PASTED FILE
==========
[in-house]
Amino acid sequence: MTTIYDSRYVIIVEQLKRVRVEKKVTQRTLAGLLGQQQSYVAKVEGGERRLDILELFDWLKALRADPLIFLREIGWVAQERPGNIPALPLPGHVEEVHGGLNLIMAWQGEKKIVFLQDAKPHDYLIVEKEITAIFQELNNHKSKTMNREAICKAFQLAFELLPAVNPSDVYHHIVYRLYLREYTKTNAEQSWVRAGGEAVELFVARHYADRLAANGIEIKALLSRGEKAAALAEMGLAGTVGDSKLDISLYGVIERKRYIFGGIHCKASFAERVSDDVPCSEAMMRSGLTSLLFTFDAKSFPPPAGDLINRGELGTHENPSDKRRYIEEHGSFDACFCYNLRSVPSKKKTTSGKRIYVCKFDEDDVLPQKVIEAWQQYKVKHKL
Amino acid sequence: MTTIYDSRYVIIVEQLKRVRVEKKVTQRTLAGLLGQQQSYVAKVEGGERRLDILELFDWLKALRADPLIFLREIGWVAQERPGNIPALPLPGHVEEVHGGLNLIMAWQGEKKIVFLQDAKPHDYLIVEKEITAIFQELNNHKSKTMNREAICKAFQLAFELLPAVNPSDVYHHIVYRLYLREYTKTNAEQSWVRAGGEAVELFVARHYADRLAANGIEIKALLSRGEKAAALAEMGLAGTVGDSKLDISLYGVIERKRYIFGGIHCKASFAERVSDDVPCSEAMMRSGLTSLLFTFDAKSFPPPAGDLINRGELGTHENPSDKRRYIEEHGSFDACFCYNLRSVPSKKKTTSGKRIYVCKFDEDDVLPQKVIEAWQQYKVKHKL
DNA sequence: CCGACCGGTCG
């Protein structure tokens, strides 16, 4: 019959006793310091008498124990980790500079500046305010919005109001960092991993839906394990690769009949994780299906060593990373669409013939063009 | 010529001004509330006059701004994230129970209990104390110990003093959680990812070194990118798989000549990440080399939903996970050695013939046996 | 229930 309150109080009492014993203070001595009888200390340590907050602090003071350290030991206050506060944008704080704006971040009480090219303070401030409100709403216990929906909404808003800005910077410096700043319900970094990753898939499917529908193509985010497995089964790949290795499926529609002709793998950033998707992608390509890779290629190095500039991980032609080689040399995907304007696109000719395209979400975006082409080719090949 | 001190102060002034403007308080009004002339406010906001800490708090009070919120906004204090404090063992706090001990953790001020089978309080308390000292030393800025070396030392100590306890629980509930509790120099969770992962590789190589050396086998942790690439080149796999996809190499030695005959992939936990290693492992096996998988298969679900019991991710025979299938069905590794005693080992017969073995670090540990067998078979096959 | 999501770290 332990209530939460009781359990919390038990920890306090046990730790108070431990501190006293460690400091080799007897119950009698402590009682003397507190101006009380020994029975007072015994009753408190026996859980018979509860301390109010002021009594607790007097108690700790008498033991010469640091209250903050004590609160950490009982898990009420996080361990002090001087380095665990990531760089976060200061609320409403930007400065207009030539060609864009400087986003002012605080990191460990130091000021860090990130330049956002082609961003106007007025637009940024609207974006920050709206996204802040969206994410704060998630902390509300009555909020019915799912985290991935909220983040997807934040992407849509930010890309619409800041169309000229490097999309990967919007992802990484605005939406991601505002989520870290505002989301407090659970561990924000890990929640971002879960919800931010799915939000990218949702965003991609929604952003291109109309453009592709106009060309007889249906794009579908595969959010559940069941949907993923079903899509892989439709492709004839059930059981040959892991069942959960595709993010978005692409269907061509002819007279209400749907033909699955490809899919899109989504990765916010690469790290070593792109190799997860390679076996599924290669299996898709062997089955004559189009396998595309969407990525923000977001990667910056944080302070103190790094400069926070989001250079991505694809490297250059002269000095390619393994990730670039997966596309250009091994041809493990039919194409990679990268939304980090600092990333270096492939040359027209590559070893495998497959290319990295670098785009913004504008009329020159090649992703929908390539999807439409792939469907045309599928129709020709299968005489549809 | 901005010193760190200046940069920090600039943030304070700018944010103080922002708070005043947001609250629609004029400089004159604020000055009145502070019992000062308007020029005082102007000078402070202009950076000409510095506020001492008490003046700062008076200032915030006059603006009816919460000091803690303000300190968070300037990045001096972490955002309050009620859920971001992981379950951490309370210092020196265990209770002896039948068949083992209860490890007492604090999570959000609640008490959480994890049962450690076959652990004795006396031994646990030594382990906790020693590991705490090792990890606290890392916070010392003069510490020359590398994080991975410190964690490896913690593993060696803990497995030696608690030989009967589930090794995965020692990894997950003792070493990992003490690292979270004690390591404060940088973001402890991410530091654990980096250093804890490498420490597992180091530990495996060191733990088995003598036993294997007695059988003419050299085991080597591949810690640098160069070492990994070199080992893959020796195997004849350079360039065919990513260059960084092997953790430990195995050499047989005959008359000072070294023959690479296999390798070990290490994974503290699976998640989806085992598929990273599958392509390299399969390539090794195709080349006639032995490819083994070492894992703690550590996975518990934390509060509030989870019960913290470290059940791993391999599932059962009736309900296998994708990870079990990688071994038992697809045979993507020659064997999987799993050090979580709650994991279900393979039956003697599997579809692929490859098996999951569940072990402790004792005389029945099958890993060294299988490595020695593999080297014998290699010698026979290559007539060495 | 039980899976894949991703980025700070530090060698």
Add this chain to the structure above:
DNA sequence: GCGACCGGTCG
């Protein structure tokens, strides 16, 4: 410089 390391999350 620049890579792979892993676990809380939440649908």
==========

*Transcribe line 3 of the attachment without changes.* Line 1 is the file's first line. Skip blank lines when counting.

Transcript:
Amino acid sequence: MTTIYDSRYVIIVEQLKRVRVEKKVTQRTLAGLLGQQQSYVAKVEGGERRLDILELFDWLKALRADPLIFLREIGWVAQERPGNIPALPLPGHVEEVHGGLNLIMAWQGEKKIVFLQDAKPHDYLIVEKEITAIFQELNNHKSKTMNREAICKAFQLAFELLPAVNPSDVYHHIVYRLYLREYTKTNAEQSWVRAGGEAVELFVARHYADRLAANGIEIKALLSRGEKAAALAEMGLAGTVGDSKLDISLYGVIERKRYIFGGIHCKASFAERVSDDVPCSEAMMRSGLTSLLFTFDAKSFPPPAGDLINRGELGTHENPSDKRRYIEEHGSFDACFCYNLRSVPSKKKTTSGKRIYVCKFDEDDVLPQKVIEAWQQYKVKHKL